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Stigma About Mental Illness 

The attitude and stigma about mental illness in the black community remains a secret. A blemish that should be hidden. Some African-Americans consider mental illness a sign of weakness. If you show signs of mental illness. Many people say you need to be locked up. A stigma is when someone holds a negative attitude or stereotypes a habit or behavior of another person.

It’s everyone problem!

When someone who ignores another person’s problems and mislabels things this way, it makes life hard for the sufferer. “I’d watched too many schoolmates graduate into mental institutions, into group homes and jails, and I knew that locking people up was paranormal—against normal, not beside it. Locks didn’t cure; they strangled.” —Scott Westfield

This occurs in every race. But I want to focus on how blacks deal with it.

Stigma About Mental Illness in the Black Community

Mental Illness and Name Calling  

There are still myths surrounding mental illnesses in black neighborhoods. African-American youth are made to feel inferior. Often, they are left out of mainstream society to struggle alone. Calling anyone names triggers all sorts of emotions such as anger, which turns to self-hatred. Labeling evokes feelings of helplessness and lowers self-worth. Labels can lead to stigma. Stereotypes make it harder for people to seek help… YouTube video title: Mental Illness Stigma PSA explains

 Mental Illness in the Black Community

Not all teens struggling with depression are violent. But people sometimes apply the stigma of violent behavior to mentally ill black teens. When we put too much emphasis on their behavior, it makes others fearful. Fear fuels ignorance and causes isolation. Misinterpretations about mental illness in black young people can lead to stigma and breaches of trust and professional misconduct. This issue is rife within the black community.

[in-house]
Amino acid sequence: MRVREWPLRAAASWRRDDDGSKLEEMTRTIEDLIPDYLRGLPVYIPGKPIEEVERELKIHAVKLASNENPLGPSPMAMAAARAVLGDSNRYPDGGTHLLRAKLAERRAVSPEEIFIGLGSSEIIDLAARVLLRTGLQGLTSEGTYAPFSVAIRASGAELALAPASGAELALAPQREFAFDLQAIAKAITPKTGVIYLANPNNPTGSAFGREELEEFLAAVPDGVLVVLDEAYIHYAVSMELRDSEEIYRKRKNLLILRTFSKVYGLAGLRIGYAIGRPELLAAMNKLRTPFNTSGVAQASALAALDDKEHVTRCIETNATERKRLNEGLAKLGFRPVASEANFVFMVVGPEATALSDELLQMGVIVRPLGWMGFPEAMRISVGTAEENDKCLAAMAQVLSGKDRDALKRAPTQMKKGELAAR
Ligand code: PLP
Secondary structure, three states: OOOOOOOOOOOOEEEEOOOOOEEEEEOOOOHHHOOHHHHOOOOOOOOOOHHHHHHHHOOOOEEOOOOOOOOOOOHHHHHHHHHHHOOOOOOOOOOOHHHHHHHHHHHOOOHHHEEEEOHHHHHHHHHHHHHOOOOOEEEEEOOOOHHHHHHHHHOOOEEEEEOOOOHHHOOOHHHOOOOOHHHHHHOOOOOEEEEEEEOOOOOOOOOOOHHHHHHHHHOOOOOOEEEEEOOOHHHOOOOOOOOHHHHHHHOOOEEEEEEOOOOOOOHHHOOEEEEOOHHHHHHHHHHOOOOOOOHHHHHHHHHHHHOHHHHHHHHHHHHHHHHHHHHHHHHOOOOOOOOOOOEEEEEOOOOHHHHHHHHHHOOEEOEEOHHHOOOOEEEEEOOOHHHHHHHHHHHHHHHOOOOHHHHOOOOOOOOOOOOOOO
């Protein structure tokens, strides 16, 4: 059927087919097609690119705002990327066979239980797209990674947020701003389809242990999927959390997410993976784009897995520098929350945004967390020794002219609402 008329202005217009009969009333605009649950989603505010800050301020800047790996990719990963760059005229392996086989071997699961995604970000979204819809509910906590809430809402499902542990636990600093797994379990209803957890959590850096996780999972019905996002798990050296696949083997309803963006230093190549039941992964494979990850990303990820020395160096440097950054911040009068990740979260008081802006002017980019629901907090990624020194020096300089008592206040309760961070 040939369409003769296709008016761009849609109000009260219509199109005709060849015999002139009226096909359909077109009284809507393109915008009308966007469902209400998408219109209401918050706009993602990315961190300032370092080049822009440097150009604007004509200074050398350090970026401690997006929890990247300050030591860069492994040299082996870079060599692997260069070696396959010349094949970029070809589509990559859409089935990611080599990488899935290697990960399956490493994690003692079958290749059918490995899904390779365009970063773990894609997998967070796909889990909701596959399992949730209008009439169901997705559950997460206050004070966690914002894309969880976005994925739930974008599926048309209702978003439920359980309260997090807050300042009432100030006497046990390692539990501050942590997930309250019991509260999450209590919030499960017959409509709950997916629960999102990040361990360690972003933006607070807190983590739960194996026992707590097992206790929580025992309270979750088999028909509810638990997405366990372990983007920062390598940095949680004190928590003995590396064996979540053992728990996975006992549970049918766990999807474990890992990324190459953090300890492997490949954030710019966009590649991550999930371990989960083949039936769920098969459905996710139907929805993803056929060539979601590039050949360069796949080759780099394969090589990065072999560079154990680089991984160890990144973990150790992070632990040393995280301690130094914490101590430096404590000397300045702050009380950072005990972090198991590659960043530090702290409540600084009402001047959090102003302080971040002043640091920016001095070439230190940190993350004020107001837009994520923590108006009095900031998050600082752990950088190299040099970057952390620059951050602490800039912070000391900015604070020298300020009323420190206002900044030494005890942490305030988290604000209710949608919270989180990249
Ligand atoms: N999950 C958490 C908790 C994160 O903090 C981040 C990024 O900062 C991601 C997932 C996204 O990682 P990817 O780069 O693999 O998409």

Mental Illness and Behavioral Changes in Black Teens

Teens who suffer from mental illness can act out and have behavioral changes. Most African-American adolescents struggling with depression may be too afraid tell their families. They conceal it from everyone. Acting out becomes their norm. Many people view these teens as emotionally unstable and avoid them. It is disheartening that people walk out on them at the moment they need support the most. And it hurts these teens when people who abandon them use terms or names to define them as being crazy in a mocking way. It is not cool—it’s hurtful and harmful.